“If they only have food enough supplied for them, [people will] make decisions to feed their own pets over themselves.”
It’s been widely reported that more households than ever have been lining up at food pantries since the pandemic invoked a global financial crisis, but many in Massachusetts are also struggling to feed an extra feline mouth—or several.
Animal welfare organizations in the state have been stepping up since the start of the pandemic to confront pet food insecurity in the wake of the economic downturn, which caused turnout at food banks to skyrocket.
The Massachusetts Pet Food Task Force is one of several local initiatives born out of this increased need. At the nearly 130 food pantries across the Commonwealth it solicits pet food donations for, general demand has risen threefold.
To funnel large supplies of pet food to these pantries beyond individual donations, PFTF works with a network of community nonprofits. It also partners with retailers that request donations from their customers, host food drives, and donate returned purchases.
But in a state with one of the highest rates of cat ownership in the US, cat food seems always in short supply compared to dog food.
PFTF leader Stacy LeBaron, who has worked in animal welfare for more than 20 years, has an explanation—and it begins with a trend in pet ownership in Massachusetts: Households in higher income brackets tend to own more dogs, but those who are lower-income tend to own more cats.
“The more economically strained you are, the higher number of cats you might have,” LeBaron said. “Therefore, you’re less likely to return food. You’re less likely to be able to afford to support a retailer in a food drive.”
All of which feeds into the increase in demand for cat food, because lower-income pet owners are less likely to have the funds to spay or neuter their animals. This combined with the prolific rate at which cats breed spurs a growth in cat populations throughout Massachusetts.
Animal shelters in the state used to euthanize cats due to the strain they put on space constraints, but that is no longer a regular practice. Still, the fear of shelters putting their cats down keeps residents from giving them up when they cannot care for them, according to LeBaron.
While many manage to keep their cats fed despite the difficulties, she also said that owners sometimes abandon theirs, trusting that they’ll find sustenance on the streets. Homeless cats, however, are among those that animal food drives aim to feed.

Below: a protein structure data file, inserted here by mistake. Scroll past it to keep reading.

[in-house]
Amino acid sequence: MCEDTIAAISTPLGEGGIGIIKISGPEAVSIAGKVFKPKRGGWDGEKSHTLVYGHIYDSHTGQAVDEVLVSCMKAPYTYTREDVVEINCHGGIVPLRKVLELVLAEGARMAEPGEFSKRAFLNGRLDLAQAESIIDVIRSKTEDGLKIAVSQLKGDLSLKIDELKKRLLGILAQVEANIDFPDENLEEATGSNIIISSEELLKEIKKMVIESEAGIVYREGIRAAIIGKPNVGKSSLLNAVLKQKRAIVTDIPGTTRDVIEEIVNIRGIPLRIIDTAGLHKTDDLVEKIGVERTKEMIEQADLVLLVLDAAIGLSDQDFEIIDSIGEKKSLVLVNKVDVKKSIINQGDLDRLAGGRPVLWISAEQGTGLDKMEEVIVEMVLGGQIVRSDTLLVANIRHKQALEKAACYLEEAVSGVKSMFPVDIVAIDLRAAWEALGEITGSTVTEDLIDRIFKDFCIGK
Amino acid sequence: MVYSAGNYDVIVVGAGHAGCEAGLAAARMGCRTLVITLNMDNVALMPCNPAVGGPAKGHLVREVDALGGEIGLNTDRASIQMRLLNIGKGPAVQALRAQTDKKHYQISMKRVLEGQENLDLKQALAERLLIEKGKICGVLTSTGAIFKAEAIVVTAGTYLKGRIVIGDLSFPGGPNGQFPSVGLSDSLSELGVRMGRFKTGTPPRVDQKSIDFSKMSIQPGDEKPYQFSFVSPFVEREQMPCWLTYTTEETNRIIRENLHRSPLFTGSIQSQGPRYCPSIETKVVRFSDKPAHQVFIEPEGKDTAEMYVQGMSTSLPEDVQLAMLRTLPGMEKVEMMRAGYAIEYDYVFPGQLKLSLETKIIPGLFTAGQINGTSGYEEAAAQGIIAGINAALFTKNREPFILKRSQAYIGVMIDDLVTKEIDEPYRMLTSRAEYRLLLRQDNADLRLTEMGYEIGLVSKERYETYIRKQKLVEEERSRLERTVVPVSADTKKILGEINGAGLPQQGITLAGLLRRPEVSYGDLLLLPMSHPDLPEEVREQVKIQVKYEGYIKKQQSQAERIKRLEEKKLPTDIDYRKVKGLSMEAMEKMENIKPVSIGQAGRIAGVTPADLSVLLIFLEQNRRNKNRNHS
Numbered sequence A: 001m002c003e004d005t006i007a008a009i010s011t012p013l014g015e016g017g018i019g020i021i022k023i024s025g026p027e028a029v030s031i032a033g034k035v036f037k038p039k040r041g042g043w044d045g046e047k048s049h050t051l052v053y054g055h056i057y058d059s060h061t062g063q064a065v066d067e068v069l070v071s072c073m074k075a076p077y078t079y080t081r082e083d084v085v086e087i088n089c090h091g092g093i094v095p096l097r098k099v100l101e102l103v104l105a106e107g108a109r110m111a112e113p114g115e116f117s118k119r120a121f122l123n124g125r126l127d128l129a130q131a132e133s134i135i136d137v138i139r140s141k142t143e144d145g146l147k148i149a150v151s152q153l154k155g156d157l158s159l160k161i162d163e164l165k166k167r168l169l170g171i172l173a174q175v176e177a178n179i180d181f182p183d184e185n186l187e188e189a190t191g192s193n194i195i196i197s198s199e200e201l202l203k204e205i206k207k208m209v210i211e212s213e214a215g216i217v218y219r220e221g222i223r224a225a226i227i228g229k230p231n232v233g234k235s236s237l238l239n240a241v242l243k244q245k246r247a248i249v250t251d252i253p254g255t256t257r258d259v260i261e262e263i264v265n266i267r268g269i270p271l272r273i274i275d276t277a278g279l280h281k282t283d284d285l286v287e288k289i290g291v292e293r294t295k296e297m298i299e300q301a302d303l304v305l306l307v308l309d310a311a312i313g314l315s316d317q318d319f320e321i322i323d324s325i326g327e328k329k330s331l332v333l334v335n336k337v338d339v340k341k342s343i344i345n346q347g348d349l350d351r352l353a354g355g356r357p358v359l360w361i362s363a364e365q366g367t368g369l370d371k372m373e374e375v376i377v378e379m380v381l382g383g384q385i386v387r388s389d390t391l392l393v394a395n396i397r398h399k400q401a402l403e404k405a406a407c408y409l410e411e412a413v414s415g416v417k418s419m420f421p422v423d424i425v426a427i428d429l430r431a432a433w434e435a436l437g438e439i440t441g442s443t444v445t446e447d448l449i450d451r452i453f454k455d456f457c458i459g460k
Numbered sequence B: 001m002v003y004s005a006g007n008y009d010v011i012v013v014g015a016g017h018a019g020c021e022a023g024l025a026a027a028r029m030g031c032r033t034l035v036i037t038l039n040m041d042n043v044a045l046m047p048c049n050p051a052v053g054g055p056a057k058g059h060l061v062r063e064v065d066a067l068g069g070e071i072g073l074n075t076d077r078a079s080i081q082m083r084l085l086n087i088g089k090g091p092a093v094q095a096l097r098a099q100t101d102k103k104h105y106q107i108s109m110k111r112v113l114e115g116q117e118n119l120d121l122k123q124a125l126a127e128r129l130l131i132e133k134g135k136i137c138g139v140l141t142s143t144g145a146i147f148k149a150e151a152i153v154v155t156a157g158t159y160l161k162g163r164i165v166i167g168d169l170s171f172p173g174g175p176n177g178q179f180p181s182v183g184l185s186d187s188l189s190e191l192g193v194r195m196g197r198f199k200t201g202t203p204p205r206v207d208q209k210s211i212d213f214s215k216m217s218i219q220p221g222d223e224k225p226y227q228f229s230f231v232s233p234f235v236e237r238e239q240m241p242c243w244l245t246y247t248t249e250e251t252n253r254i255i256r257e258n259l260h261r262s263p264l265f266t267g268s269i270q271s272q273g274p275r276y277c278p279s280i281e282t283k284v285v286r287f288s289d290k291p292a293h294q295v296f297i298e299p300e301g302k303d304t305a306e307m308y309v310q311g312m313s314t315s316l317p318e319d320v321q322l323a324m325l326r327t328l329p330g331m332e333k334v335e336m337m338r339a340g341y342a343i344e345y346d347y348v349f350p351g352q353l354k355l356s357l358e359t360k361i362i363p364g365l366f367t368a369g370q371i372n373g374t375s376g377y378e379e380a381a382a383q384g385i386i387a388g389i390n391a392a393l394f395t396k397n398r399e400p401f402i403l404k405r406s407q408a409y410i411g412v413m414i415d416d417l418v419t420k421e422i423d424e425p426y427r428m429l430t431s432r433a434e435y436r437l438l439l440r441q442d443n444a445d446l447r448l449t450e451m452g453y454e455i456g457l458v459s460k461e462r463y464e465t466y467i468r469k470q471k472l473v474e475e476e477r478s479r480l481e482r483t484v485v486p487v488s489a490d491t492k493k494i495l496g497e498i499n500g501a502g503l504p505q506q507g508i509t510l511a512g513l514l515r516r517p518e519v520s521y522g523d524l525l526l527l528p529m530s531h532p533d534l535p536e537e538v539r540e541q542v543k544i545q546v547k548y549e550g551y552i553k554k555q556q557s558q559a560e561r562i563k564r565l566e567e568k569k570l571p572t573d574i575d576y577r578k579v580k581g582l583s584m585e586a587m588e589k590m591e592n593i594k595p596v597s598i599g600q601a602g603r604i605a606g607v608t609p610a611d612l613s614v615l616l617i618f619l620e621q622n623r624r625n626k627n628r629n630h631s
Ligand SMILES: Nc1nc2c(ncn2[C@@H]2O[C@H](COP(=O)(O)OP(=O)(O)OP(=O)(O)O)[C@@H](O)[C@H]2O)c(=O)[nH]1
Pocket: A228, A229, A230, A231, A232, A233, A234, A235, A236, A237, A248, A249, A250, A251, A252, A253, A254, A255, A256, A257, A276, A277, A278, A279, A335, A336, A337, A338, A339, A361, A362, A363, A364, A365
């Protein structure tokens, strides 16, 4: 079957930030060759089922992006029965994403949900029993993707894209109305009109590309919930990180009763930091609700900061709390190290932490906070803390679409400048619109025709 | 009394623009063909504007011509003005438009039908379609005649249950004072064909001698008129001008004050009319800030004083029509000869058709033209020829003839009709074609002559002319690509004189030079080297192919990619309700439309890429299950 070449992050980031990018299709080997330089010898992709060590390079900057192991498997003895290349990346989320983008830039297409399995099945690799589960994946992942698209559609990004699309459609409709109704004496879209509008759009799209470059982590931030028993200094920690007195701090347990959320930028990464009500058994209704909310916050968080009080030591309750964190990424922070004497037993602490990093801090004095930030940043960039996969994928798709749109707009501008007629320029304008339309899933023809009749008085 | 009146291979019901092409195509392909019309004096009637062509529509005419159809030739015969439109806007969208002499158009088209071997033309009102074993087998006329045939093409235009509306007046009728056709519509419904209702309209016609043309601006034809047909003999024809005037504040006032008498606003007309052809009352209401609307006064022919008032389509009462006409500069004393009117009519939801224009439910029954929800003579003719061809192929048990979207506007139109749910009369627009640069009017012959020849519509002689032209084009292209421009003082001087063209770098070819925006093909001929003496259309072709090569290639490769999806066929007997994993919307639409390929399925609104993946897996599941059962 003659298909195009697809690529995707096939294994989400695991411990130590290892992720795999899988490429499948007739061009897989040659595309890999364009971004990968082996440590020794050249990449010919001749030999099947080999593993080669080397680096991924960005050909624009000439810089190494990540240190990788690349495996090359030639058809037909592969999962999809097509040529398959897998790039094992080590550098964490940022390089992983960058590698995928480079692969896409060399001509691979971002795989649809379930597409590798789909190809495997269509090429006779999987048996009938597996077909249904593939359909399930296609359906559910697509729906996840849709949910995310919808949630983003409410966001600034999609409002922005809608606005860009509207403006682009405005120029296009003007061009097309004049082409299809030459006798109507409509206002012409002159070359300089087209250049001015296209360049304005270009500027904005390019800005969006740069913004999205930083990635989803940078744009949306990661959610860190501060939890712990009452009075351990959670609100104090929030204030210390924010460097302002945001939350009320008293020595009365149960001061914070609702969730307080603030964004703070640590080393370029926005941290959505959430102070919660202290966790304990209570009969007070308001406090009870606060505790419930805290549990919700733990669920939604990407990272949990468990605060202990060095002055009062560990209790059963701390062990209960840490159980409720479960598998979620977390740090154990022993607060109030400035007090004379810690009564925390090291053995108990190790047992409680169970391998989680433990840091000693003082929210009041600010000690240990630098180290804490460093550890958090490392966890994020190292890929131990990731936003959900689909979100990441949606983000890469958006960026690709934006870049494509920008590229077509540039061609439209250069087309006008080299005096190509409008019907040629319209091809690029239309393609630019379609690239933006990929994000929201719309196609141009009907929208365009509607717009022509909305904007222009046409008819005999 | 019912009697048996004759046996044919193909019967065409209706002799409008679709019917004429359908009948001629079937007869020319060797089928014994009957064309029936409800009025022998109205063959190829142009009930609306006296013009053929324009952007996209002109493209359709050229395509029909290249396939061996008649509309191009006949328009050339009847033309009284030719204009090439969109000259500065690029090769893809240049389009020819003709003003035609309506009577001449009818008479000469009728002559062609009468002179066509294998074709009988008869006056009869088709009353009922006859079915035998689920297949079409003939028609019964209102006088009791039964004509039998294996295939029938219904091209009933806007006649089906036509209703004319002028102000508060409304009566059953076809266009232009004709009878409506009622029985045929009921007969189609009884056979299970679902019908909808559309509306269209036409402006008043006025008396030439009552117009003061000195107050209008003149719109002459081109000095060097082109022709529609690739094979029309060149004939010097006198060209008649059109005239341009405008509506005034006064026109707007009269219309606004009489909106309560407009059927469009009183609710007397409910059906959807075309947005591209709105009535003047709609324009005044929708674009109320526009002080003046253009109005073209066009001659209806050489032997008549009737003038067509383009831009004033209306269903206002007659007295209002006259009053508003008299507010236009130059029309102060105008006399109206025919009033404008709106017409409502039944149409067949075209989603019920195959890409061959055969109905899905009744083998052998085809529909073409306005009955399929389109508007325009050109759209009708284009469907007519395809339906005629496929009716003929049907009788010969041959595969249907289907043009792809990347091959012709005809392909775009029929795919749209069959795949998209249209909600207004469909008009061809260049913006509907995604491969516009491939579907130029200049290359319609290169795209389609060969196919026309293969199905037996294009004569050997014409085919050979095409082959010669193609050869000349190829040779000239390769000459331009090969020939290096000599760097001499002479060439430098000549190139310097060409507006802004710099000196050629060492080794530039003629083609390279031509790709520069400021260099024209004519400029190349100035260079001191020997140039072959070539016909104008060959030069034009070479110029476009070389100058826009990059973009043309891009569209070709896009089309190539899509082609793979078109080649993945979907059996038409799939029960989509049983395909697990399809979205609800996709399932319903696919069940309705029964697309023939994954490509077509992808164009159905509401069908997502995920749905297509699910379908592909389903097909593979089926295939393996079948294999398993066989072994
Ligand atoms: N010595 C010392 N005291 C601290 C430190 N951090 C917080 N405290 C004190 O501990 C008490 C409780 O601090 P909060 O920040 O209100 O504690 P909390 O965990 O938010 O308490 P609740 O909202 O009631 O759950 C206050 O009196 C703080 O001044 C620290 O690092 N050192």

For Mike Keiley of the Massachusetts Society for the Prevention of Cruelty to Animals-Angell, the above scenarios explain why the need for cat food donations has outweighed that of dog food. Dogs are predominantly cared for by individuals, but cats tend to fall into two categories: house cats and unhoused cats, which animal welfare groups call community cats.
“There’s sort of two populations that we’re serving at the same time,” said Keiley, MSPCA-Angell’s director of adoption centers and programs.
A partner of PFTF, MSPCA-Angell has also been seeing twice as many requests for cat food as it’s received for dog food. Its stock of cat food has continually depleted “very quickly,” according to Keiley, whereas the supply of dog food remains steady week after week.
When ramping up food support at the onset of the COVID-19 pandemic, the organization decided it needed to begin feeding families holistically—meaning both human and animal members of a household should have their bowls filled.
“We’ve learned over and over and over again from our human-service friends in the food pantry,” Keiley said, “that … if they only have food enough supplied for them, [people will] make decisions to feed their own pets over themselves.”
Last year, MSPCA-Angell began partnering with human-service groups to ensure residents can meet their needs at one stop: take one subway ride, and wait in one line before obtaining enough food for the full family.
“Families have been really appreciative because they didn’t know that they could get food support for their animals until it started showing up at the food pantry that they go to regularly,” Keiley said. “So there’s a big awareness component that’s also satisfied when we work together.”
Through it all, donors have been “extremely generous,” according to some organizers. Maybe all the turbulence has rallied philanthropic spirit, said Mike DeFina, media relations officer for the Animal Rescue League of Boston.
“When you make a donation such as food, you really are helping not just a pet, but a person in need,” DeFina said. “These donations, they’ve gone a long way over the last few months.”
But nearly a year into the pandemic, rampant food insecurity remains a major problem—for humans, as well as many pets. With that in mind, DeFina predicts the need for support will continue to grow.
“We may have a vaccine, but the repercussions of COVID-19 are going to extend well into 2021,” DeFina said. “As we get into winter, it could actually increase.”
Angela Yang is a Boston University sophomore covering local news in Greater Boston. She is an intern with GBH and a freelance fact checker for America's Test Kitchen. Previously, she served as editor-in-chief of her college paper, The Daily Free Press.